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Where’s the check? 

Way back in September, the Michigan Secretary of State’s office decreed that something called the Vision 05 Political Action Committee would have to ask the Kilpatrick mayoral campaign to return $20,000 in illegal donations. In an Oct. 5 letter, PAC treasurer Todd Bettison, a Detroit police commander, told the state that his outfit had duly informed campaign officials they needed to cough up a refund.

Since then? Nada.

Kelly Chesney, spokeswoman for Secretary of State Terri Lynn Land, says her office hasn’t received any more communication, much less a canceled check, from Bettison.

Kilpatrick campaign spokesman Bob Berg (who made a habit this summer of not returning calls about Vision 05) said Monday that he wasn’t familiar with the Vision 05 situation. Berg said he’d check with the campaign’s finance guys, but wasn’t able to get us the information by News Hits’ Monday deadline.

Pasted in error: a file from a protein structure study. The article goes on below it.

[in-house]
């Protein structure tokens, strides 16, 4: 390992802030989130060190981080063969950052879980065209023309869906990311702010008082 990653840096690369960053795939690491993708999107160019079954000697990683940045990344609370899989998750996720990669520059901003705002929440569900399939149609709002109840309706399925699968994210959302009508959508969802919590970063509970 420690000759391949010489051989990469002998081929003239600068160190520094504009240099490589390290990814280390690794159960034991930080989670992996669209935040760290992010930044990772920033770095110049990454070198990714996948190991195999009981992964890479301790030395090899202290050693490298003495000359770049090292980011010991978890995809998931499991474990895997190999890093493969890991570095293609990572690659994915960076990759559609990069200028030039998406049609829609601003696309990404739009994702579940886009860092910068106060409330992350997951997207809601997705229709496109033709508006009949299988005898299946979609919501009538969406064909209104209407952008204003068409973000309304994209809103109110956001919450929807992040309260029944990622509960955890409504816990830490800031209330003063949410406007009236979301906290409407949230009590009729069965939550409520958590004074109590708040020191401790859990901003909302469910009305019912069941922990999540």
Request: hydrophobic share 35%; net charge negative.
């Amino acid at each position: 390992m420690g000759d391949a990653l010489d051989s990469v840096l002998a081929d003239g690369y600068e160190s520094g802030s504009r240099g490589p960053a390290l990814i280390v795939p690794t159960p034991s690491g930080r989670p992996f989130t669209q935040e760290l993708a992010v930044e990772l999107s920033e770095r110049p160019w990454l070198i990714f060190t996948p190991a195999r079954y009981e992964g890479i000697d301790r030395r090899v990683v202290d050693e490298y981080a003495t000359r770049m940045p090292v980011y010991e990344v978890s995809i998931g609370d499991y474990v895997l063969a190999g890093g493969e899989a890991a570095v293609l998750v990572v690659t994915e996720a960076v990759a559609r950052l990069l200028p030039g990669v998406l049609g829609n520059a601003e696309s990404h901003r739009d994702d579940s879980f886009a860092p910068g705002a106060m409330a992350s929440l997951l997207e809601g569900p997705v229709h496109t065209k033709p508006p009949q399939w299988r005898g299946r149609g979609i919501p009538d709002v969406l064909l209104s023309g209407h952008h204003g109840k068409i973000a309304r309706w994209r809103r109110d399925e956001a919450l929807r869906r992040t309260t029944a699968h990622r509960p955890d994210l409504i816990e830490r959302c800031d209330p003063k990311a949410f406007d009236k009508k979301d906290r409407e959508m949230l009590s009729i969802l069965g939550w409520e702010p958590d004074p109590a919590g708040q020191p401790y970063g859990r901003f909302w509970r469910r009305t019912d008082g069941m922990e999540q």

Bettison stopped returning our calls a long time ago, so we couldn’t ask him what the holdup is.

In the meantime, the election has passed. And though $20,000 is just a drop in the bucket of the Kilpatrick campaign war chest, Michigan Campaign Finance Network Director Rich Robinson says that’s not the point.

The Vision 05 situation, Robinson says, illustrates the need for reform of Michigan’s campaign finance laws.

“We don’t have rule of law, we have enforcement by whim,” Robinson says.

A reluctance to punish culprits is only one problem. Catching campaign scofflaws in the first place is apparently another nonpriority for the state’s toothless watchdogs. In this case, it was Metro Times that discovered the violation. Robinson suggests the state needs to start auditing campaign finance statements.

“If that’s hanging over your head, it may provide some incentive to be honest in your reporting,” Robinson says. “Because right now, the way the law is written, there’s not much incentive to be honest.”

News Hits is edited by Curt Guyette. Contact the column at 313-202-8004 or

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